March 29, 2004 by

Peter Ustinov

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Categories: Actors, Education, Hollywood, Military, Writers/Editors

pustinov.jpgSir Peter Alexander Ustinov, an Academy Award-winning British actor and author, died on March 28 from heart failure. He was 82.
Ustinov left the Westminster School at 16, and trained at the London Theatre Studio. He appeared in local revues and wrote his first stage play, “Fishing for Shadows,” when he was only 19. During World War II, he wrote and acted in films for the British Army Cinema Unit.
Ustinov’s six-decade film career launched in 1942, when he appeared in the film, “One of Our Aircraft Is Missing.” More than 80 TV and movie roles followed, including parts in “The Great Muppet Caper,” “Lorenzo’s Oil,” “Luther” and in several movies as Hercule Poirot. He directed eight feature films, but was most proud of his work on “Billy Budd,” which he also wrote and produced.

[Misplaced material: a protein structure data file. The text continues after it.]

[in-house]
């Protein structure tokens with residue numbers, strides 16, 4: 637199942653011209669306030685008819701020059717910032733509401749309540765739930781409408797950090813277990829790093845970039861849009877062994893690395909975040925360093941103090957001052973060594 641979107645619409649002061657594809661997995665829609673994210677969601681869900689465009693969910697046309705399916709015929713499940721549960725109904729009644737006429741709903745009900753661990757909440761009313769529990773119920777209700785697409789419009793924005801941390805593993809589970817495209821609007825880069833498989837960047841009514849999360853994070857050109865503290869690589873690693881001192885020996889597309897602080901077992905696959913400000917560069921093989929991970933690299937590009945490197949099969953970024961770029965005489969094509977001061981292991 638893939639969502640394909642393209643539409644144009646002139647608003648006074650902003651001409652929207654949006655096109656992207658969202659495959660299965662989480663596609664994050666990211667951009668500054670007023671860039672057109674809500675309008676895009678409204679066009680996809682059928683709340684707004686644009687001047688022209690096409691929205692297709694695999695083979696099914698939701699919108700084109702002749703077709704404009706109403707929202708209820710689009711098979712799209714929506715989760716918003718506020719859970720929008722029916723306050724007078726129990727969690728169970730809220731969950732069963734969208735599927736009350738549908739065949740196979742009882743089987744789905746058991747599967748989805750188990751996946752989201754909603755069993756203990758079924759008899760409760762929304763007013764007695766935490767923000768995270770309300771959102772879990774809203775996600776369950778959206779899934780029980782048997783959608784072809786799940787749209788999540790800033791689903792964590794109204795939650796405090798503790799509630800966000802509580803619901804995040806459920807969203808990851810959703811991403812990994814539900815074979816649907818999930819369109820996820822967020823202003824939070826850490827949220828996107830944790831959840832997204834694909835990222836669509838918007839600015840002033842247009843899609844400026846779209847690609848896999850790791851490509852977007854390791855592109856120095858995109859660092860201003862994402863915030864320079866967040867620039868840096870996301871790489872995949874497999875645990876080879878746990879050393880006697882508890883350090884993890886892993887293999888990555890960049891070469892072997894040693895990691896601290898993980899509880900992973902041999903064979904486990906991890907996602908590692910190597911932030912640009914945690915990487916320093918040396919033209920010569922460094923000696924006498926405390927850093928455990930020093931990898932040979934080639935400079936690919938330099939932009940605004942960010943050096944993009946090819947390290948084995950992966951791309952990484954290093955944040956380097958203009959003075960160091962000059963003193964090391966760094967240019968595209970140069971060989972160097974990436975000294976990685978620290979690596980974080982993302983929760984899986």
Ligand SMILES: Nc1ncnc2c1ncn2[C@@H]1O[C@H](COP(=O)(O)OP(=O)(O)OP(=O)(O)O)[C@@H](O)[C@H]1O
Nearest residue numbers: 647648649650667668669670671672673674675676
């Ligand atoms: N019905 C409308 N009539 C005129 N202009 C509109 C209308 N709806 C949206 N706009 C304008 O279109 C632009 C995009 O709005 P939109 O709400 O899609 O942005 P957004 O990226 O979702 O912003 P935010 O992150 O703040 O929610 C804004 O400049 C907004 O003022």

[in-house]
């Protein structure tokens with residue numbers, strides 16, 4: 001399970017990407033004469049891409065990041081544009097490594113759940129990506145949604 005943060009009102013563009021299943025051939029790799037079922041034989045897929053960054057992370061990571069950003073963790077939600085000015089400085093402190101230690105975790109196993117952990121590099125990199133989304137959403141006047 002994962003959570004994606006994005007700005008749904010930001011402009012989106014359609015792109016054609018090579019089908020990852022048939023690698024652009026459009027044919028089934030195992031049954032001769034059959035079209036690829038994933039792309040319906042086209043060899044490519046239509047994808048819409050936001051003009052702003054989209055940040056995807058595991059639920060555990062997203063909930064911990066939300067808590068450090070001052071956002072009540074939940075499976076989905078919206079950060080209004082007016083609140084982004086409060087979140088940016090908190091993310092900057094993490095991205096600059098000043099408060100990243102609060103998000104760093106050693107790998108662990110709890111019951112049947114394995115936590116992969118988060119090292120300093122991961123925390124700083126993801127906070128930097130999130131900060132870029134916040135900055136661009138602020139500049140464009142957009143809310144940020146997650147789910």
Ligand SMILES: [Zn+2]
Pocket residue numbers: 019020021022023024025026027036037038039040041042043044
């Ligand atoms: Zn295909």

Ustinov received his first Oscar nomination in 1951 for “Quo Vadis.” He won the best supporting actor prize a decade later for playing Lentulus Batiatus, the proprietor of a school for gladiators, in “Spartacus.” In 1964, he won again for his humorous portrayal of Arthur Simon Simpson in the comedic caper, “Topkapi.”
Fluent in French, German, English, Italian, Russian and Spanish, Ustinov starred in, produced and directed his own plays on stages all over the world. In his “spare time,” Ustinov served as a Goodwill Ambassador for UNICEF, president of the World Federalist Movement and chancellor of Durham University in England. He also wrote several books, including the 1977 autobiography “Dear Me.” Ustinov was awarded the Companion of the Order of the British Empire (CBE) in 1975, and knighted in 1990.
When asked what he wanted his epitaph to say, Ustinov replied: “Keep off the grass.”

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